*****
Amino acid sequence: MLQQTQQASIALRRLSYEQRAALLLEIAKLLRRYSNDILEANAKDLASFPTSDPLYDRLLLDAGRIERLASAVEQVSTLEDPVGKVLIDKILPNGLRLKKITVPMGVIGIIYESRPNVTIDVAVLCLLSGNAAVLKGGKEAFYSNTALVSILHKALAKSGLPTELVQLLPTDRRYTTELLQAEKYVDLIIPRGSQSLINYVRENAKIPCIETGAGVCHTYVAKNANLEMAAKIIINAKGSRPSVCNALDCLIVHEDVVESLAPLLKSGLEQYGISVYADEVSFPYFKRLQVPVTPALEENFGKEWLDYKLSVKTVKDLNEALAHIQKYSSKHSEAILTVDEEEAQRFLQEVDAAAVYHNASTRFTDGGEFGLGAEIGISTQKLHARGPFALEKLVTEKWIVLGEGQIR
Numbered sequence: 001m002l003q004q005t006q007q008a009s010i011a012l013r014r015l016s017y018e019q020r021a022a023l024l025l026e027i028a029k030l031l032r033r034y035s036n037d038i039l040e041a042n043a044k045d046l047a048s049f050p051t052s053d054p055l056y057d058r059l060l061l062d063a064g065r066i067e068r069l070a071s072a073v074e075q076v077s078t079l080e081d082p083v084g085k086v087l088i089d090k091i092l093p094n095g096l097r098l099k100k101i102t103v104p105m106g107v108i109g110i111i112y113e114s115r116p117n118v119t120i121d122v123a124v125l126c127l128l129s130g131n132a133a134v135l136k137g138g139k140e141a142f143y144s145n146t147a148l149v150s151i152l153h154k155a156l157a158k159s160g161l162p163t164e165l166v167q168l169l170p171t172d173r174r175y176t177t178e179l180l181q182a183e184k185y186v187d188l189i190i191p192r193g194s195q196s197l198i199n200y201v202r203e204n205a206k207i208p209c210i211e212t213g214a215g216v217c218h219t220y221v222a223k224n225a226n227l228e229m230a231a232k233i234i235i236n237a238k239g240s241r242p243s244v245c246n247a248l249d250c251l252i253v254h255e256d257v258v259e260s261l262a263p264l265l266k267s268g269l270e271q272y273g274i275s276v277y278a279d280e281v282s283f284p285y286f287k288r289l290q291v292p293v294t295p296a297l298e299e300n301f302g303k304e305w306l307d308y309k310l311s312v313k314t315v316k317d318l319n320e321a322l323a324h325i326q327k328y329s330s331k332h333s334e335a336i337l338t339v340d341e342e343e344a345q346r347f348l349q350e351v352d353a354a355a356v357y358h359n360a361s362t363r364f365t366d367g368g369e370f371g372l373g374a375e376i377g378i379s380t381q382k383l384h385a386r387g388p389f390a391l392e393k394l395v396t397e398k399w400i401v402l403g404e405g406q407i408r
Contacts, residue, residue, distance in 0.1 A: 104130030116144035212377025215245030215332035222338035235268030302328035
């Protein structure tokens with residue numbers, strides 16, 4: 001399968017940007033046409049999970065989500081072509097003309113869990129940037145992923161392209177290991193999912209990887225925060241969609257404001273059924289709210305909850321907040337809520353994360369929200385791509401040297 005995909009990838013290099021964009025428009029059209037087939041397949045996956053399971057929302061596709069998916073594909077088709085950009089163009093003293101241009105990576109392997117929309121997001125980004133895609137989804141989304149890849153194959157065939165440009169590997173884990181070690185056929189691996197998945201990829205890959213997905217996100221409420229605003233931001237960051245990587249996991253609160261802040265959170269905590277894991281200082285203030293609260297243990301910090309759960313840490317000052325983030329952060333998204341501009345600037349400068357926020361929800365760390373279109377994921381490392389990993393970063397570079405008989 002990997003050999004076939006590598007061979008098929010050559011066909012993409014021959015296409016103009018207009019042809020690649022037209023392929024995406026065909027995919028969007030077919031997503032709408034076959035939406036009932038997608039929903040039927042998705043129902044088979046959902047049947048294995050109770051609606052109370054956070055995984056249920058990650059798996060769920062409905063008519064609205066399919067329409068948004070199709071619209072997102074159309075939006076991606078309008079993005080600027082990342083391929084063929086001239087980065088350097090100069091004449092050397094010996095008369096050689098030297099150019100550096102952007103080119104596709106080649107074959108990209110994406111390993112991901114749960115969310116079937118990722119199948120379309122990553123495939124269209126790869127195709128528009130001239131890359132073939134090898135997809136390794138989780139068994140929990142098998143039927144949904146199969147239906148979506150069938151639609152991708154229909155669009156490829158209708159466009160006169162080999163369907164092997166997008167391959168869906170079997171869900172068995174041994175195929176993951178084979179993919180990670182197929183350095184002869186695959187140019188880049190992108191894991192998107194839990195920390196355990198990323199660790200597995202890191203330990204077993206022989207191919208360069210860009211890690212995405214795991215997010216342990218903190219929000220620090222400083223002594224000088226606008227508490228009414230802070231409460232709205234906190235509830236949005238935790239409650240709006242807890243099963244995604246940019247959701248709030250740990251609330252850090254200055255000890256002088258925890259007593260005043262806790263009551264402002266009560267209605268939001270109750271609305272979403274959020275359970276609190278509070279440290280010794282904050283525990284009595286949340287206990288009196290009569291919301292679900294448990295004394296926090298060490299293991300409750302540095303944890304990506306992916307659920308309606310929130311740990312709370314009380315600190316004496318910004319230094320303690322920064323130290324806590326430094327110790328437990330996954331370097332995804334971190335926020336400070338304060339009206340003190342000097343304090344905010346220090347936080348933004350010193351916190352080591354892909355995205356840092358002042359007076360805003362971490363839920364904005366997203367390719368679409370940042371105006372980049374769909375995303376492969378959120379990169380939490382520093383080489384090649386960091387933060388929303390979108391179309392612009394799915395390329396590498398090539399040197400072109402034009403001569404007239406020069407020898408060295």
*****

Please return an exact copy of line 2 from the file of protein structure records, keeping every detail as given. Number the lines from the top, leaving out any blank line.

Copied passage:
Numbered sequence: 001m002l003q004q005t006q007q008a009s010i011a012l013r014r015l016s017y018e019q020r021a022a023l024l025l026e027i028a029k030l031l032r033r034y035s036n037d038i039l040e041a042n043a044k045d046l047a048s049f050p051t052s053d054p055l056y057d058r059l060l061l062d063a064g065r066i067e068r069l070a071s072a073v074e075q076v077s078t079l080e081d082p083v084g085k086v087l088i089d090k091i092l093p094n095g096l097r098l099k100k101i102t103v104p105m106g107v108i109g110i111i112y113e114s115r116p117n118v119t120i121d122v123a124v125l126c127l128l129s130g131n132a133a134v135l136k137g138g139k140e141a142f143y144s145n146t147a148l149v150s151i152l153h154k155a156l157a158k159s160g161l162p163t164e165l166v167q168l169l170p171t172d173r174r175y176t177t178e179l180l181q182a183e184k185y186v187d188l189i190i191p192r193g194s195q196s197l198i199n200y201v202r203e204n205a206k207i208p209c210i211e212t213g214a215g216v217c218h219t220y221v222a223k224n225a226n227l228e229m230a231a232k233i234i235i236n237a238k239g240s241r242p243s244v245c246n247a248l249d250c251l252i253v254h255e256d257v258v259e260s261l262a263p264l265l266k267s268g269l270e271q272y273g274i275s276v277y278a279d280e281v282s283f284p285y286f287k288r289l290q291v292p293v294t295p296a297l298e299e300n301f302g303k304e305w306l307d308y309k310l311s312v313k314t315v316k317d318l319n320e321a322l323a324h325i326q327k328y329s330s331k332h333s334e335a336i337l338t339v340d341e342e343e344a345q346r347f348l349q350e351v352d353a354a355a356v357y358h359n360a361s362t363r364f365t366d367g368g369e370f371g372l373g374a375e376i377g378i379s380t381q382k383l384h385a386r387g388p389f390a391l392e393k394l395v396t397e398k399w400i401v402l403g404e405g406q407i408r